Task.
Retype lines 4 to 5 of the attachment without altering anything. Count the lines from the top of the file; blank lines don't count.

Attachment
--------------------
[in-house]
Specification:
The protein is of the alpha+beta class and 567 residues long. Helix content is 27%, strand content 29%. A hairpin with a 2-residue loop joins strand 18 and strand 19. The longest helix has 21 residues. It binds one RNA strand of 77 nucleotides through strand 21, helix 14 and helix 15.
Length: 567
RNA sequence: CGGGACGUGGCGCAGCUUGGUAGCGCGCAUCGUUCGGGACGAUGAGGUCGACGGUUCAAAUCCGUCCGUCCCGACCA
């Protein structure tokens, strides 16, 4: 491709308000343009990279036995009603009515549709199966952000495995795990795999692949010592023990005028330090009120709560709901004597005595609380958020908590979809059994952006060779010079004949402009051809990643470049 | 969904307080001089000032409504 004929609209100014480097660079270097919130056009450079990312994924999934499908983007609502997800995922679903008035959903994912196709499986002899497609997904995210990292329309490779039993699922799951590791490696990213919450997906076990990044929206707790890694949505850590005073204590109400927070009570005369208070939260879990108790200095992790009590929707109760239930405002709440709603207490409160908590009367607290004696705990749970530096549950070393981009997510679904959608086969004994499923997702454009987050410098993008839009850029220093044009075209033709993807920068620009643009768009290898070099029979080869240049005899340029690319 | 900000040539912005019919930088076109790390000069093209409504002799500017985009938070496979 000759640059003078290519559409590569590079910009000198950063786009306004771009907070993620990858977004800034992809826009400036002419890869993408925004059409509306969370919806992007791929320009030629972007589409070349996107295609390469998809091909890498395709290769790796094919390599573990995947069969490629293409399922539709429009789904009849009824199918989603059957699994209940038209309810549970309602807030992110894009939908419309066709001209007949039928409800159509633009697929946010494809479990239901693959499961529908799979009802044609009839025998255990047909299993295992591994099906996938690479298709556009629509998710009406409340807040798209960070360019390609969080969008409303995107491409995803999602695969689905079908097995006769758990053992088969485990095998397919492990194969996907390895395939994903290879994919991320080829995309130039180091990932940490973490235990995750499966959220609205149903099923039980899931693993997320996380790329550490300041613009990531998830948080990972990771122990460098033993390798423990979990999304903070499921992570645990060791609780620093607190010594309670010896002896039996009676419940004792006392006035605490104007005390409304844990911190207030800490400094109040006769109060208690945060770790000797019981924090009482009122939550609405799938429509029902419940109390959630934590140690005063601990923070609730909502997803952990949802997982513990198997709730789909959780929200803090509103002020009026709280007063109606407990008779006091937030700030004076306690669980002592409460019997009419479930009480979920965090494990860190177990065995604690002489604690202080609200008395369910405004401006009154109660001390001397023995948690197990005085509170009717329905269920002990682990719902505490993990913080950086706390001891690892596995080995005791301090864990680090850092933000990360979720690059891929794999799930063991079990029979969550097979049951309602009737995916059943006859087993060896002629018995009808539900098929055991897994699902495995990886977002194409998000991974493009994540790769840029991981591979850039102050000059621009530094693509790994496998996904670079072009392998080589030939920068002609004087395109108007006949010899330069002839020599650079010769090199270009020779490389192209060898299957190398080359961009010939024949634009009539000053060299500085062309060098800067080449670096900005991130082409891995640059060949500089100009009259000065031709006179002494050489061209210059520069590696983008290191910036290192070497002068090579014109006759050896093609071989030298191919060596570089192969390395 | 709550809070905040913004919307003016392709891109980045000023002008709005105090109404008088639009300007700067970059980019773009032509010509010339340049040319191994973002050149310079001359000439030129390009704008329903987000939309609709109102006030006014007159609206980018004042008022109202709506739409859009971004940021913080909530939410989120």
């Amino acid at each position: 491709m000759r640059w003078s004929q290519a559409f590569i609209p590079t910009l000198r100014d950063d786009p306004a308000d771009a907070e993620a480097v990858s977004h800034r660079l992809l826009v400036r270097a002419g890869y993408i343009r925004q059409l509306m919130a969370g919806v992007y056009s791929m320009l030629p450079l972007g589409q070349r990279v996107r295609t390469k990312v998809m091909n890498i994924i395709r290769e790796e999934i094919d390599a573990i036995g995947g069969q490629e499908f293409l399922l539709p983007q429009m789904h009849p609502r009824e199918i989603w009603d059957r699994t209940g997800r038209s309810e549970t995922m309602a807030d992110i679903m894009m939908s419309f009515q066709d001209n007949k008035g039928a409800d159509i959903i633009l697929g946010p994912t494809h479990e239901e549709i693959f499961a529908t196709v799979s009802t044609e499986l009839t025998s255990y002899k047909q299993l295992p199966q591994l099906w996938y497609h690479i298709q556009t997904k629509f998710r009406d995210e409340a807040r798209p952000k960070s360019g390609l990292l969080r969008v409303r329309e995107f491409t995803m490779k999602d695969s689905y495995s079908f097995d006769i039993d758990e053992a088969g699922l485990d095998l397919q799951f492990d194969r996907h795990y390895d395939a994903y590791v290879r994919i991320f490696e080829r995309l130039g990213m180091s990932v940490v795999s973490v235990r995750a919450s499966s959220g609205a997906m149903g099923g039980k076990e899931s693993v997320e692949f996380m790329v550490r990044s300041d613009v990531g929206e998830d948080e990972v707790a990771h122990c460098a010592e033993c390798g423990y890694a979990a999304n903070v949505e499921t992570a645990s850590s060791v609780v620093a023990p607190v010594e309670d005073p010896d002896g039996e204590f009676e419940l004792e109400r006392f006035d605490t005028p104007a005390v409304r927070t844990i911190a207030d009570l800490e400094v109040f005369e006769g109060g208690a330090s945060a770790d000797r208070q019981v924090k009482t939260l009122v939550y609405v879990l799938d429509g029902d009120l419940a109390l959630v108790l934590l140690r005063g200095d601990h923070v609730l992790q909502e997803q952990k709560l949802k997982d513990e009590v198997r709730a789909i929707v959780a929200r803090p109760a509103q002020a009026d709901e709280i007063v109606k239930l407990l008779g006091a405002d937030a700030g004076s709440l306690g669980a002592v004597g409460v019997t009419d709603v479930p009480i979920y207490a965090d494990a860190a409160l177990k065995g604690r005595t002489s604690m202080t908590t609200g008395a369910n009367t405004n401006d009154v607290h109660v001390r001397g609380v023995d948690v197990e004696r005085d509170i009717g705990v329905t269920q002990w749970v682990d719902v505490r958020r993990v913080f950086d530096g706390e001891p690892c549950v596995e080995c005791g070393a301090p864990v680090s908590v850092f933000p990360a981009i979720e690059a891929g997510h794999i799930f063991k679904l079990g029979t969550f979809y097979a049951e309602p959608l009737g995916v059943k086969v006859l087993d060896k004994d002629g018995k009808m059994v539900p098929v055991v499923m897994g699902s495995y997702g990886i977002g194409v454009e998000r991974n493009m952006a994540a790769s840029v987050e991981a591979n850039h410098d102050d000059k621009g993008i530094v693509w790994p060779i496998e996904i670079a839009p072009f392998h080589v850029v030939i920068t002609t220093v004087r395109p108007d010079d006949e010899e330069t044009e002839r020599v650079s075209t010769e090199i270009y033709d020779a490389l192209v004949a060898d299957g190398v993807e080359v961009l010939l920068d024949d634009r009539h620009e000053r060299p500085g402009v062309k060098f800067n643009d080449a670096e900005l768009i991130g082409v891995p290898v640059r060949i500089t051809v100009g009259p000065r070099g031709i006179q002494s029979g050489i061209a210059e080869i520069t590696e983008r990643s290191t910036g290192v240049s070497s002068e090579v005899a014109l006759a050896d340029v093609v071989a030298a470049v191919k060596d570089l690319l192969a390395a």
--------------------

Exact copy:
Length: 567
RNA sequence: CGGGACGUGGCGCAGCUUGGUAGCGCGCAUCGUUCGGGACGAUGAGGUCGACGGUUCAAAUCCGUCCGUCCCGACCA